Disclaimer: This writer loves Grizzly Bear. A lot. As the band says on “Sleeping Ute,” the opening track of its new album “Shields,” “I can’t help myself.” I saw them last summer in Hyde Park, London, and their set was a transformative concert experience. Lead singer Edward Droste’s wife was expecting a child at any second, which gave the wistful, beguiling tracks of earlier albums “Yellow House” and “Veckatimest” a thrilling urgency that the recorded versions can only approximate.
Needless to say, this experience raised my expectations for their first album since 2009’s “Veckatimest” to unrealistically lofty heights. There is much that is admirable about “Shields,” but as its name inadvertently suggests, the album is a defensive effort that never once ventures outside the band’s comfort zone. Devotees of the band will find ample matter for praise, but little that is truly inspirational.
The album starts off promisingly with “Sleeping Ute,” whose deep, jarring guitar notes are rousing, grating, and unrelenting for the duration of the track. From the outset, the group’s trademark harmonies glide over the guitar chords seamlessly. There is no denying that on “Sleeping Ute” the band is in familiar territory. The track ends with Droste’s vocals with almost no instrumental accompaniment in a sequence that is remarkably similar to Veckatimest’s “I Live With You.”
Like “Sleeping Ute,” the aptly named “Yet Again” is not adventurous but showcases Grizzly Bear’s harmonic mastery and cryptic lyrics. Whereas on other tracks one vocalist of the Droste/Rossen pairing tends to dominate, here the two are perfectly in sync and in dizzying harmony. The song has a poetic lyrical ambiguity, as seen in the following neatly alliterative sequence: “It’s done before we try / It’s darkened and by night / A desert in deface.” This track displays the disarming skill and precision that has won Grizzly Bear so many admirers. Unfortunately, the track concludes with a relatively lackluster and confused guitar sequence, which is a misguided attempt to give the innocuous but beautiful track an edge that it does not need. Despite this, “Yet Again” is the closest the album comes to the euphoria of “Veckatimest’s” instant crowd pleaser, “Two Weeks.”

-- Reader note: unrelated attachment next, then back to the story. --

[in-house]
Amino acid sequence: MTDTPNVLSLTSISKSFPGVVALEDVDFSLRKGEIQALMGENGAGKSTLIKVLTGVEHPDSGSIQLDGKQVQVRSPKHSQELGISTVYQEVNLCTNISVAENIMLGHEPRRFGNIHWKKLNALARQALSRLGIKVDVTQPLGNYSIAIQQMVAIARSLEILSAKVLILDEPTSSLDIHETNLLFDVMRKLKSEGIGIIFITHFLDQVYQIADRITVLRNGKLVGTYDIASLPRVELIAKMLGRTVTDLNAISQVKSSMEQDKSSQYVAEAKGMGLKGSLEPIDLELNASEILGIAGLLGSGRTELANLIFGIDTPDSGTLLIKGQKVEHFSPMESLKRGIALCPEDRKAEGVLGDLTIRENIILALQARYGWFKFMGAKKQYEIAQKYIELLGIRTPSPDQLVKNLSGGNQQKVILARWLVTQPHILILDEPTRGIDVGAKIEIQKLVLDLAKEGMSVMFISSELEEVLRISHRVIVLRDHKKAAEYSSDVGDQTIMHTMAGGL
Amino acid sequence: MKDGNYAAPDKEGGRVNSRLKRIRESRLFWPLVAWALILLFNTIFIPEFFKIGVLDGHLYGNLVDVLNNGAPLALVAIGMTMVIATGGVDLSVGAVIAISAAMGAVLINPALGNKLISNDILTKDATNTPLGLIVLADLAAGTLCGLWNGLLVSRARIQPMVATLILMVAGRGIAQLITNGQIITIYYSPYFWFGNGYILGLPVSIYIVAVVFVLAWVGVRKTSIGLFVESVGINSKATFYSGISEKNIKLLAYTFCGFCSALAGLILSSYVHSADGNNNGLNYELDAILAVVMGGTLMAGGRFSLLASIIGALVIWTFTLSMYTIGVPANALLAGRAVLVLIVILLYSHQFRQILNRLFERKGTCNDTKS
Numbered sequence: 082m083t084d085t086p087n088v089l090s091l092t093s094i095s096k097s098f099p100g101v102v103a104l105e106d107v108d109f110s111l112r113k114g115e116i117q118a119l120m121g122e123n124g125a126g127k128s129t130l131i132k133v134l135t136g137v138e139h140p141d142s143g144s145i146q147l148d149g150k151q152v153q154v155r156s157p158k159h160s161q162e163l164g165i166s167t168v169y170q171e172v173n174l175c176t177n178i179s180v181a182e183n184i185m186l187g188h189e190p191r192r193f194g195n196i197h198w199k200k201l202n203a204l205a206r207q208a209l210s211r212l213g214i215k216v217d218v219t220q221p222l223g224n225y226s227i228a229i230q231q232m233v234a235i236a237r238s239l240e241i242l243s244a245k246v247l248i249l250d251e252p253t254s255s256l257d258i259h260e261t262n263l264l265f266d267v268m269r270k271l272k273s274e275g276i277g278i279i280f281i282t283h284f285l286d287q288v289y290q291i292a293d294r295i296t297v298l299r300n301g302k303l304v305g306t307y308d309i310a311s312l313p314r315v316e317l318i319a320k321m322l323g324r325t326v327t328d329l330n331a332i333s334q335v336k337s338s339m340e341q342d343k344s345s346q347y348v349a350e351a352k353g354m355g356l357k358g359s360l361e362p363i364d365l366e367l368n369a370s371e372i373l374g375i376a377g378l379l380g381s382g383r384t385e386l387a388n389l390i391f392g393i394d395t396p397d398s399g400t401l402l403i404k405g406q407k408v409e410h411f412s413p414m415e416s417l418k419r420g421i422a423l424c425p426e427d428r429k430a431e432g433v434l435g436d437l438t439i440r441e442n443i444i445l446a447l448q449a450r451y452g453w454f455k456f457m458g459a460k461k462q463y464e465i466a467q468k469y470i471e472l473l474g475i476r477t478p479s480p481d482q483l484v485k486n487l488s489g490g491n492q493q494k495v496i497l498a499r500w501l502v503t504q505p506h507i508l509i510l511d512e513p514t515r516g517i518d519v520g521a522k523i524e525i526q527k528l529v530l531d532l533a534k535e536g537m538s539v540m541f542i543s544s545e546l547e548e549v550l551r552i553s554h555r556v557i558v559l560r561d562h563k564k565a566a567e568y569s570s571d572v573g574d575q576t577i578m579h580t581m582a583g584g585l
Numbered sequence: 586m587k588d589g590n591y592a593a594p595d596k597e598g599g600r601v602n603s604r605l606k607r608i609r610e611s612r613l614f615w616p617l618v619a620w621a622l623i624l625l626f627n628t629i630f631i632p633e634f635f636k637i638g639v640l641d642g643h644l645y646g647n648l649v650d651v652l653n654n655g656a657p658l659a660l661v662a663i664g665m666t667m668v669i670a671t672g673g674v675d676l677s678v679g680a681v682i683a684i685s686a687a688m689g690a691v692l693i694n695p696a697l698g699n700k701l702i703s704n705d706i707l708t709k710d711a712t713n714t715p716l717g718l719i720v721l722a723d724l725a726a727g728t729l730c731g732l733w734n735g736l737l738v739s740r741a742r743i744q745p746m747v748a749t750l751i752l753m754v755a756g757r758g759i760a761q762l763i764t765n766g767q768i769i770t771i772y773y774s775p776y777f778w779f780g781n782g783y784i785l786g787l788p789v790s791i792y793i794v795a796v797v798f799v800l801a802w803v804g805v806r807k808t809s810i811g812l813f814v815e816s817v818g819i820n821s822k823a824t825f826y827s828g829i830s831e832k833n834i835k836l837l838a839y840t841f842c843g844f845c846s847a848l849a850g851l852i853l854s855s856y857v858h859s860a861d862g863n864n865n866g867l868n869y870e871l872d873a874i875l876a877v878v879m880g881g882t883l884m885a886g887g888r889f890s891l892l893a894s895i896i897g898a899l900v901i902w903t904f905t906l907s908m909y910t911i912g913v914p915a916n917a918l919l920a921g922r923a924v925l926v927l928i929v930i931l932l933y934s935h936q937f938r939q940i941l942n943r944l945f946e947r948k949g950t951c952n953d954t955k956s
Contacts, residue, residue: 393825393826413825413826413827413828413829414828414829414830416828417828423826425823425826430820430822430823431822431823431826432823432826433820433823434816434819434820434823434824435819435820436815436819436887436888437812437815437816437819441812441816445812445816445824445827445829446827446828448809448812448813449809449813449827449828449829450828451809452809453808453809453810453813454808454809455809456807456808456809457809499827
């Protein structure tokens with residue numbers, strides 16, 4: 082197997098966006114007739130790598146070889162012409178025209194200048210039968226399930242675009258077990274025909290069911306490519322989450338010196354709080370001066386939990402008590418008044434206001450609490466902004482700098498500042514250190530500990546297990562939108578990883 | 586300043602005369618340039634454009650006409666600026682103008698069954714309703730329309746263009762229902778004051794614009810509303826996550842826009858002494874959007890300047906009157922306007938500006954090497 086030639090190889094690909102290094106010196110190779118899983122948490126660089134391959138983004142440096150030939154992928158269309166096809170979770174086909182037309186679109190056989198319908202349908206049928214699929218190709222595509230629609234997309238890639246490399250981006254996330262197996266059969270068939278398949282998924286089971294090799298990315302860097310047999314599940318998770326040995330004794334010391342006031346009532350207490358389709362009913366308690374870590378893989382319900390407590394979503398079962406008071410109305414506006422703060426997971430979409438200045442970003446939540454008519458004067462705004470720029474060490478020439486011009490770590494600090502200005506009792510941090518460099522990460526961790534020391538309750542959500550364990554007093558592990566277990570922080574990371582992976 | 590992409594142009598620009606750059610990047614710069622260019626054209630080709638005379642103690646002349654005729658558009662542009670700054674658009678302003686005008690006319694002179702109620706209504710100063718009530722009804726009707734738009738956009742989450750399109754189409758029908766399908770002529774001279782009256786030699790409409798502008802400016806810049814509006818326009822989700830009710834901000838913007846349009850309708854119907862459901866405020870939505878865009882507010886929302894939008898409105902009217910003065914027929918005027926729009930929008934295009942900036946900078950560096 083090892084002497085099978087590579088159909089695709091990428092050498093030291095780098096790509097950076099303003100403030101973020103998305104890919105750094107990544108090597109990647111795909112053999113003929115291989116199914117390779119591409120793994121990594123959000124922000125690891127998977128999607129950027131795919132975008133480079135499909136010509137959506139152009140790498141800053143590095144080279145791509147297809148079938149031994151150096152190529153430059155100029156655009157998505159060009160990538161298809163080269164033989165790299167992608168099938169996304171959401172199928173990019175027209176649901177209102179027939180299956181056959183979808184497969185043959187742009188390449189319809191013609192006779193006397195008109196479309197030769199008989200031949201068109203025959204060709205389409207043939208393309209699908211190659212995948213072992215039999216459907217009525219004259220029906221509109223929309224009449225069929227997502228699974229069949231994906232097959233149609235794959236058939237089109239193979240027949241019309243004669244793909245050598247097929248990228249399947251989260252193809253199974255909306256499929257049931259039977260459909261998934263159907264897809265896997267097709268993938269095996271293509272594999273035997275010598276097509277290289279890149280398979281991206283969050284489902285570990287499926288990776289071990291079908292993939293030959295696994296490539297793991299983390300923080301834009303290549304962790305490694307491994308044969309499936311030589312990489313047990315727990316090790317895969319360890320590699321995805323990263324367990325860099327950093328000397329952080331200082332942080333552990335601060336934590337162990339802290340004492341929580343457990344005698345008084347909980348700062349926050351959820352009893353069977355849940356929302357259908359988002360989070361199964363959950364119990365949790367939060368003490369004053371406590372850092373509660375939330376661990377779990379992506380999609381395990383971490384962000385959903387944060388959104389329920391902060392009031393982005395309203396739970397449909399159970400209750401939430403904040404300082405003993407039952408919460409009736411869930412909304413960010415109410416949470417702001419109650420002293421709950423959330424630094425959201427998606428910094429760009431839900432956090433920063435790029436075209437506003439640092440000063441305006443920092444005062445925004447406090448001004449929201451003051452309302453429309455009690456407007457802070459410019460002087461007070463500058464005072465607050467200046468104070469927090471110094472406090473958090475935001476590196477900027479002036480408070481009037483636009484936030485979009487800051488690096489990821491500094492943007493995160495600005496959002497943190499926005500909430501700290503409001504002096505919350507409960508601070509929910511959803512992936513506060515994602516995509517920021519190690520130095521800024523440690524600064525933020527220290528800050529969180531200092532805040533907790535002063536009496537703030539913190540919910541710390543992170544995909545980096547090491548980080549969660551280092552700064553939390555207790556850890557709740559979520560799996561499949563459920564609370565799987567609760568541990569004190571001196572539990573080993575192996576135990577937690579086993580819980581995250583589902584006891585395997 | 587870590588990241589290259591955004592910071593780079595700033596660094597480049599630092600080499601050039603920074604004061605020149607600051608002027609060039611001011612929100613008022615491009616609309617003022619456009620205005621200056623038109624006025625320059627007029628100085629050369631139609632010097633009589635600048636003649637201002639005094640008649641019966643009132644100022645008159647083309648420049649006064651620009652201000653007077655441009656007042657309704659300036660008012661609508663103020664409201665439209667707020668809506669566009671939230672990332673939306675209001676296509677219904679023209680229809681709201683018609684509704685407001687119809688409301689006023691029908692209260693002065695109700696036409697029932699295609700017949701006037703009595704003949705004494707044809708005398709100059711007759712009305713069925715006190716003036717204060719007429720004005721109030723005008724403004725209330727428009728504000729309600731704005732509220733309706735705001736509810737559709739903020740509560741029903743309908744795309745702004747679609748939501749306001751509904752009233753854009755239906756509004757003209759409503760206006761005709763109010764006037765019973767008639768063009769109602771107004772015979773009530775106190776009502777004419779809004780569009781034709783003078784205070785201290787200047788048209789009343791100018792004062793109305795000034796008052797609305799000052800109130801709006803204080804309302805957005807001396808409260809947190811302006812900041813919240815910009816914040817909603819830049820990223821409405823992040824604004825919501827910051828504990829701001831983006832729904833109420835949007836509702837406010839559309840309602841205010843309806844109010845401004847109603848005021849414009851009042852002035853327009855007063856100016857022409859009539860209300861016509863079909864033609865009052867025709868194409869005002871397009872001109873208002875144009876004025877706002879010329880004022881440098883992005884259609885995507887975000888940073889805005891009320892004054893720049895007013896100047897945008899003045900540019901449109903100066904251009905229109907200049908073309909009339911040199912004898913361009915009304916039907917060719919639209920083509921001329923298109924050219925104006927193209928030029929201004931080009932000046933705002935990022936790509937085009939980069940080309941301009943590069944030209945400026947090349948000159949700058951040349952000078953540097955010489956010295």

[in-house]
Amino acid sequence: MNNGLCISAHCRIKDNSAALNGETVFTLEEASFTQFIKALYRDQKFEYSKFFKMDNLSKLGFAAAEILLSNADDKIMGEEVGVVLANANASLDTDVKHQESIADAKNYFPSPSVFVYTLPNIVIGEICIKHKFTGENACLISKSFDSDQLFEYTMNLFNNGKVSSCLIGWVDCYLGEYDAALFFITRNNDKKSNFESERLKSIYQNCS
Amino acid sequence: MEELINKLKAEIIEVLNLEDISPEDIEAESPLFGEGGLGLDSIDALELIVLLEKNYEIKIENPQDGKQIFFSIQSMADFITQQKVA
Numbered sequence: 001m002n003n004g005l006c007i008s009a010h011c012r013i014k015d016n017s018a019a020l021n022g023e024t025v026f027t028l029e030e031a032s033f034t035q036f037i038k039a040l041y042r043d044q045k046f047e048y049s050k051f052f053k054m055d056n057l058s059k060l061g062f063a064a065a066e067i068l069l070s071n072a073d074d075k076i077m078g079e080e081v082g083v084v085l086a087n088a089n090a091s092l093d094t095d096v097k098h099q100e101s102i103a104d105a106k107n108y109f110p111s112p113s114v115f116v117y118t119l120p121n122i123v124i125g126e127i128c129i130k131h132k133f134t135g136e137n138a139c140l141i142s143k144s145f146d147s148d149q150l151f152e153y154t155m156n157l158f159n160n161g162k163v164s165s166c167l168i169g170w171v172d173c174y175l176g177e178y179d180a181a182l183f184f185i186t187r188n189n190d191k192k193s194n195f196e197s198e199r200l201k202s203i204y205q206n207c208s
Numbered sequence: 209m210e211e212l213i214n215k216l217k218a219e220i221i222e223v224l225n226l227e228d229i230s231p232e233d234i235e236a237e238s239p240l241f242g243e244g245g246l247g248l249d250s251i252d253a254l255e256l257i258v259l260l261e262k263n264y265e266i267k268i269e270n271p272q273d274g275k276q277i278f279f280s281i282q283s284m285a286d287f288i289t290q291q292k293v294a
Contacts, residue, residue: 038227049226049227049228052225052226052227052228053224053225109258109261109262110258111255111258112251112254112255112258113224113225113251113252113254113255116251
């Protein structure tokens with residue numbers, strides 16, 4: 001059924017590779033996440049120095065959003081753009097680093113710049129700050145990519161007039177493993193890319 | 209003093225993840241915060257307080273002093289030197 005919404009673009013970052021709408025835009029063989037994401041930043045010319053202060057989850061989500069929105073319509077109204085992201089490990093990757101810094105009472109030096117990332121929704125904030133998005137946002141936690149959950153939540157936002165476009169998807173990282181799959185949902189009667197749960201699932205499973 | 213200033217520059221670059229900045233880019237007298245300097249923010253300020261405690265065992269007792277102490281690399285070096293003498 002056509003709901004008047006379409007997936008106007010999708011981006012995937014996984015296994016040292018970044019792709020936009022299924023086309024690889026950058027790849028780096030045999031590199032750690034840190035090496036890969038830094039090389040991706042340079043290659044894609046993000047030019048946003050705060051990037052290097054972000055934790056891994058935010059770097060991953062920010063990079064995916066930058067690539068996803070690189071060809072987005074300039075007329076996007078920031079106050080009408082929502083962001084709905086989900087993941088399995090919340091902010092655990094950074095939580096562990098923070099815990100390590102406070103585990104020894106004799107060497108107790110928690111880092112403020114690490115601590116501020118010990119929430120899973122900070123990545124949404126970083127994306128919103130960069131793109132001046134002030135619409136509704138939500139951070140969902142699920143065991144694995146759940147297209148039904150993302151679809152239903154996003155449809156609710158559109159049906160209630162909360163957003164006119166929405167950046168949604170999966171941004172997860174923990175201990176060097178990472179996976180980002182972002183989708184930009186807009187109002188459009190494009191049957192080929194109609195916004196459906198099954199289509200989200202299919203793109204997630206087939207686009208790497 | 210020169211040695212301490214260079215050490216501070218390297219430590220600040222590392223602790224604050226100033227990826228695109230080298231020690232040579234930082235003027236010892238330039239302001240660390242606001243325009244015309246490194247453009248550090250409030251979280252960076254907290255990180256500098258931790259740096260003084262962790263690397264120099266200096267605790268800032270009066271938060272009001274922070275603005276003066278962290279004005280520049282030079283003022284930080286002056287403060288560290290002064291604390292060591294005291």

However, many of the songs on “Shields,” including “Yet Again,” follow the same predictable structure that becomes tired by the end of the album. “Speak in Rounds,” for instance, skimps on verses in favor of overly repetitive choruses and guitar hooks that overpower the song’s melodies and development. The asinine lyrics of the chorus, “Stepdad just wants to learn how to be alone,” cannibalize the track, destroying its structure to create a series of one-line loops.
When Grizzly Bear finally depart from the formula used on most of the previous tracks, things recover somewhat. “A Simple Answer’s” vivid lyrics actually form a narrative with strong images like “Forever onward / Across some tundra / The light is long / But it’s not long before it’s gone.” With its powerful, harmony-free delivery and prominent drums, this track is an compelling variant to the softer, more contemplative material on “Shields” and shows evidence of some experimentation. The somewhat heavy beat and vocals are well suited to the track’s nihilistic message.
By the time the album reaches its self-indulgent seven-minute conclusion, “Sun In Your Eyes,” there is no shadow of the urgency that so electrified the crowd on that torrid summer evening in London. While there is much to admire in “Shields,” it suffers from complacency that is often the byproduct of mainstream success. By no means a shoddy effort, it is, nevertheless, unsatisfying.
—Staff writer Anjali Itzkowitz can be reached at firstname.lastname@example.org.